Monet’s Garden

This is how it looked on an overcast day.

You may not know you have, but you have definitely seen them.  It’s not possible you have lived this long without seeing some version of water lilies painted by Claude Monet.

He produced something like 250 paintings of nymphéas, as they are known in French, and these works can be found in museums from Tokyo to Toledo.  They also appear on towels and calendars and keychains and cocktail napkins.  Monet’s water lilies may not be as instantly recognizable as the “Mona Lisa” or Michelangelo’s “David”, but I’d guess they are almost as widely reproduced.

The models for all those paintings were in a pond on Monet’s property at Giverny, a village about 50 miles west of Paris.  He and his wife and kids lived in a rented house there beginning in 1883; his increasing wealth enabled him to buy the house in 1890, when he soon began improving the grounds.

Monet read up on plants and designed an expansive garden.  There is a Japanese bridge in it — you’ve seen those paintings, too (for a reminder, squint at photo above).  Then there’s the pond that is home to the water lilies, which are probably the best known of Monet’s “series paintings”.

He’d had the inspiration to paint the same subject at different times of day and with different points of view.  The west facade of Rouen Cathedral was thoroughly explored in one series, and haystacks in the countryside near Giverny got a similar treatment.

According to art historian H.H. Arnason, Monet’s approach was “an attempt to capture the ephemeral aspects of a changing moment.”  In a way, it was like painting time-lapse pictures — each canvas was sort of a still-frame from a movie (or I guess nowadays we’d call it a “vidcap”).

Especially in the last years of his life, Monet’s garden was his subject matter.  He’d walk out of his house, set up his easel and start painting what he saw:  the garden, the bridge, the pond with its water lilies.

If you’re a fan of his work, Giverny might be a pilgrimage site for you, because Monet’s house and garden are still there.  They are diligently maintained by a staff that follows the instructions Monet wrote for his gardeners a hundred years ago.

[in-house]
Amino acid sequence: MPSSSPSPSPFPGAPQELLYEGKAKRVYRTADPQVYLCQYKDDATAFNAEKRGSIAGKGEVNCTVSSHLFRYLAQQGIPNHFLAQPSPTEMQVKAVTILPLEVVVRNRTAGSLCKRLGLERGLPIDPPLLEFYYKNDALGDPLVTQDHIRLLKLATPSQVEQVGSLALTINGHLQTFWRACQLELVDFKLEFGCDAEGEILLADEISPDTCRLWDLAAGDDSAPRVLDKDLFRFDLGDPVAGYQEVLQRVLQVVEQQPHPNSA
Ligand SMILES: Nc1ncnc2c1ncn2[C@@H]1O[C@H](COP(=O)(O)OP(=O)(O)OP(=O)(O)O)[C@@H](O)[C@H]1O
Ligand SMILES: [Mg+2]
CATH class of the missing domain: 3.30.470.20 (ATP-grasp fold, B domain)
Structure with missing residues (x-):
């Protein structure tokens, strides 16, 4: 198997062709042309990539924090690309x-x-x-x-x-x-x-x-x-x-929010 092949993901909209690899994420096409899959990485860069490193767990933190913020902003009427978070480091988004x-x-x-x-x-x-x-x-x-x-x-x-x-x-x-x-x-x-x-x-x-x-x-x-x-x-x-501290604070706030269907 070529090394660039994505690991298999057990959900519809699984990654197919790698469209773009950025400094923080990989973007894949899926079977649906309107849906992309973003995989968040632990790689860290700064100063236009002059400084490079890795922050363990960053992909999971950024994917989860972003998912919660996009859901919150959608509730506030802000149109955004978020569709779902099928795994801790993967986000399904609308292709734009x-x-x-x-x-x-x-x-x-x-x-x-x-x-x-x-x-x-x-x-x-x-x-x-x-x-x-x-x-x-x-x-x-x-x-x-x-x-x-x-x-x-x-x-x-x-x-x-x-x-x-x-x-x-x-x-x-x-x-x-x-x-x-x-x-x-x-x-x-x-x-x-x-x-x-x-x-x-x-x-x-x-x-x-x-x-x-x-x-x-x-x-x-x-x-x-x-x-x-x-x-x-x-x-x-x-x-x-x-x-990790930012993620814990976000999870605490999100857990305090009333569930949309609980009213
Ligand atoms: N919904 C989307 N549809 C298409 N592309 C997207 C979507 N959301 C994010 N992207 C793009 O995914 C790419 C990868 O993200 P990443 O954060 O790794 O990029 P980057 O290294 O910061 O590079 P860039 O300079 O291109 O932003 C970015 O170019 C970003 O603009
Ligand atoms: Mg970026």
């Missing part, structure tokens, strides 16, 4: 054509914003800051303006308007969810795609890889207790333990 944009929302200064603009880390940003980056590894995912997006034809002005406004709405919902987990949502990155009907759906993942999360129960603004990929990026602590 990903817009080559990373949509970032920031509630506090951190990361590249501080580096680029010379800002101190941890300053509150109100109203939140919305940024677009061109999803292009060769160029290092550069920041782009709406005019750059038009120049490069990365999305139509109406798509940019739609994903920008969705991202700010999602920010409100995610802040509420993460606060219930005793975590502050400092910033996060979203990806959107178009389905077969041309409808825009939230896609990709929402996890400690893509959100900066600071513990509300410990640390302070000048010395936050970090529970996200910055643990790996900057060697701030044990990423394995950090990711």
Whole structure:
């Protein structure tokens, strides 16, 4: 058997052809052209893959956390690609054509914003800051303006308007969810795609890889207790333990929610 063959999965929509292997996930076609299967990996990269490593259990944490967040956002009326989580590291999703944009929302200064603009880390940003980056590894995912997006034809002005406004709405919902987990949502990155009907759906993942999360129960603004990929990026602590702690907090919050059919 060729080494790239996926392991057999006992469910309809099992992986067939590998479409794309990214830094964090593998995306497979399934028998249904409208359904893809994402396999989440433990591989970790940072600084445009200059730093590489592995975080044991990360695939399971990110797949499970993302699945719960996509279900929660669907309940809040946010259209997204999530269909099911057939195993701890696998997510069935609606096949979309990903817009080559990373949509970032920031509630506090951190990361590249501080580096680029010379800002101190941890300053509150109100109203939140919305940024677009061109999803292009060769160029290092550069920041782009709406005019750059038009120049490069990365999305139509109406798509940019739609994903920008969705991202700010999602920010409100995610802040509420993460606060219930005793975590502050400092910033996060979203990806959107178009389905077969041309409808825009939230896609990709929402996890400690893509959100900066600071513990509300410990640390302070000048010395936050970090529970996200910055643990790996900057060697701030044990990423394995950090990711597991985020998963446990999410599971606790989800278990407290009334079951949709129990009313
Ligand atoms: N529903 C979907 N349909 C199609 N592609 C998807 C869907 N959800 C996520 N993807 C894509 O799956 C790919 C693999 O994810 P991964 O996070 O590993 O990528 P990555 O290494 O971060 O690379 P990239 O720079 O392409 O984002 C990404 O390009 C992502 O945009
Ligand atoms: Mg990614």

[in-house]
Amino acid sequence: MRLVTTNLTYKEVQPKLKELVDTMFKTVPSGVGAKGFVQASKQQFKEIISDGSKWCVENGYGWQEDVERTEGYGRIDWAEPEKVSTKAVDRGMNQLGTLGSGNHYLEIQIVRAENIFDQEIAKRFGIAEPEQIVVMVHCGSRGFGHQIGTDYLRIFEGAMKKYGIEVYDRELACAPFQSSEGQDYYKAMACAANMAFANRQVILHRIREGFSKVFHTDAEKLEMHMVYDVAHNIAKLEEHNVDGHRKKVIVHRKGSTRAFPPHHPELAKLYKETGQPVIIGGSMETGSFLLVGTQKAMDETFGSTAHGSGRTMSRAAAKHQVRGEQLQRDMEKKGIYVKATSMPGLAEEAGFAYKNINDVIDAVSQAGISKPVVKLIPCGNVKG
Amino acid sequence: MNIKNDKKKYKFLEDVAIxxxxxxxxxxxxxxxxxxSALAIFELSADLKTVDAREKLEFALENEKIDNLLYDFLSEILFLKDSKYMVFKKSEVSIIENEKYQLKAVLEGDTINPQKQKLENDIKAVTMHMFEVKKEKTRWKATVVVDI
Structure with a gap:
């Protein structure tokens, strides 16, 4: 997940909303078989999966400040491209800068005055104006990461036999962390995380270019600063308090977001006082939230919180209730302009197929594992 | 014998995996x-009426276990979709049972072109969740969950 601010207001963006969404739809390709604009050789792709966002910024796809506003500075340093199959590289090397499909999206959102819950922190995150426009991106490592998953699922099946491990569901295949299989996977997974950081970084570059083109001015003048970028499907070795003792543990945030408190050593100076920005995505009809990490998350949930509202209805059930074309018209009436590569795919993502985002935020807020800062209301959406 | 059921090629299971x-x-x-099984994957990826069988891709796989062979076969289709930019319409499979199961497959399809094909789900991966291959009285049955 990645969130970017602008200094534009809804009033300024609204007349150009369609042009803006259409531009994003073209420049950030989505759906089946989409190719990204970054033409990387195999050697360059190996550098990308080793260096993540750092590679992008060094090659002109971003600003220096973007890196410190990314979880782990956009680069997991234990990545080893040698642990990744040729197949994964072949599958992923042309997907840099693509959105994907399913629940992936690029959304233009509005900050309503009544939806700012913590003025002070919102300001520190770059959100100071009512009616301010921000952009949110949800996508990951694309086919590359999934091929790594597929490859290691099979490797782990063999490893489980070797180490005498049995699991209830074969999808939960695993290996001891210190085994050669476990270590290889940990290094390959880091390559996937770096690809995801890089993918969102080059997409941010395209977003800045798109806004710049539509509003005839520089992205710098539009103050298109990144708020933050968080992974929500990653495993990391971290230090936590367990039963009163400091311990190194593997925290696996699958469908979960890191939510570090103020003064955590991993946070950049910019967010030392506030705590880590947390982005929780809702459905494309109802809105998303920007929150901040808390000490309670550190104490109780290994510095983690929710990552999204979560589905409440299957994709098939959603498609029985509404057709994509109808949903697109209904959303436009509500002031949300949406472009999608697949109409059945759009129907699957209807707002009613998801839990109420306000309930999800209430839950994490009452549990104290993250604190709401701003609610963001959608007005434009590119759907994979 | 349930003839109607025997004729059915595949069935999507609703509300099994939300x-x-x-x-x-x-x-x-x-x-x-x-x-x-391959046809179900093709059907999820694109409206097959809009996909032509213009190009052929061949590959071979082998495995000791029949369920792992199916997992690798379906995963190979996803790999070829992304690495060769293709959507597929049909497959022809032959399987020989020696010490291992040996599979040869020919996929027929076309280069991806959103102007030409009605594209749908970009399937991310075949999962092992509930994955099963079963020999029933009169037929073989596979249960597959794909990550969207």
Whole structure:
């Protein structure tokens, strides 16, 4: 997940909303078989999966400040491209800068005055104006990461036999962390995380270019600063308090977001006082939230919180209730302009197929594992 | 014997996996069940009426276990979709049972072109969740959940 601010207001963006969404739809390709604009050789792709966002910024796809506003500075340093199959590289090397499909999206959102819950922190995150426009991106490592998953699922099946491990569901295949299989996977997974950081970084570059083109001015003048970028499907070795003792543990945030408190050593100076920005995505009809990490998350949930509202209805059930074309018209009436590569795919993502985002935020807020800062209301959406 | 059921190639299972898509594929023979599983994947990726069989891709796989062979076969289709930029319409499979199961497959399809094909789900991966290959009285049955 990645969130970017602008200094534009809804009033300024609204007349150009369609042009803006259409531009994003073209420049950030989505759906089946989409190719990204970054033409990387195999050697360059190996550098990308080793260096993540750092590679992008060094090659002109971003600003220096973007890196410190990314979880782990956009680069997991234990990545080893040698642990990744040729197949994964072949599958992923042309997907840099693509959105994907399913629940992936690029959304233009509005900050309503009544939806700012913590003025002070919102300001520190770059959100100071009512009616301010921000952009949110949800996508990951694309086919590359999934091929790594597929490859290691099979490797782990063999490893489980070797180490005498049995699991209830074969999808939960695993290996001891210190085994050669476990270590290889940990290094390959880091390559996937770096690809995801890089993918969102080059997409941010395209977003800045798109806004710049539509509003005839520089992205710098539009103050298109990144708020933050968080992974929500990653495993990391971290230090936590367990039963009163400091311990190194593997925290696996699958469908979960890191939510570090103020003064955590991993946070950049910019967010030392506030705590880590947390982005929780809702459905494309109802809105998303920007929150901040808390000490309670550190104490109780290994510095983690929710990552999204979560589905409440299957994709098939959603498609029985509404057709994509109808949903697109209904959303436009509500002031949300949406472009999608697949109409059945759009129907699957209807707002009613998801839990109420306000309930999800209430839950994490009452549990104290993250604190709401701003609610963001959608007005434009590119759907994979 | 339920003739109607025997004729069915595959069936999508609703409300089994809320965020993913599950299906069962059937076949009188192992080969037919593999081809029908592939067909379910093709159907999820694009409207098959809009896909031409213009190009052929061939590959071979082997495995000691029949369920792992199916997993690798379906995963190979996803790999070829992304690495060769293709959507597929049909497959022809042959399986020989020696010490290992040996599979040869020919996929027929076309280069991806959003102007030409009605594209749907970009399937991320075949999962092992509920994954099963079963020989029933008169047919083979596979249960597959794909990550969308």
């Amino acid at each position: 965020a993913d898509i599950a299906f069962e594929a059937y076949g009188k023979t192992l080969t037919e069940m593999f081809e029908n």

It’s an easy side trip from Paris:  Catch a train at Gare St-Lazare, a station that Monet painted on several occasions.  It takes less than an hour to get to the town of Vernon; from the train station in Vernon, there’s a bus that will take you the 4 miles to Giverny.

None of Monet’s original paintings are in the house, but if you’re still wondering what his paintings of water lilies look like, try the gift shop, or anyplace around the village.  Trust me, it’s about as hard as trying to find baseball-related souvenirs in Cooperstown, where baseball’s Hall of Fame is located.

If you can’t find a Monet reproduced on a coffee mug or an apron or something here… well, just hold out a handful of Euros and it will find you.

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7 responses to “Monet’s Garden

  1. Oh my gosh that is spectacular! Such amazing artistry he produced.

  2. Monet is a passion. Usually just like living through your adventures- but catching the train at St Lazare, that I would love to do.

  3. FYI, click on the picture and it will enlarge to such a degree that you can see the toll basket on the left side of the bridge. Having been to Cooperstown many times, I know that Abner Doubleday did invent…Claude Monet.

  4. I read recently that his style changed as his cataracts grew worse. Amazing to paint despite visual impediments!

    • You’re right — his cataracts not only blurred his vision, they impacted the way he perceived color. For instance, the Minneapolis Institute of Art has a painting of the Japanese Bridge that is mostly done in hues of red and orange. In 1923, he did have surgery, but only on one eye. The resulting difference between left and right eyes probably made painting even more challenging for Monet.

  5. Or if you are on this side of the ocean, a visit to NYBG for Monet’s garden might suffice until you can see Giverny!

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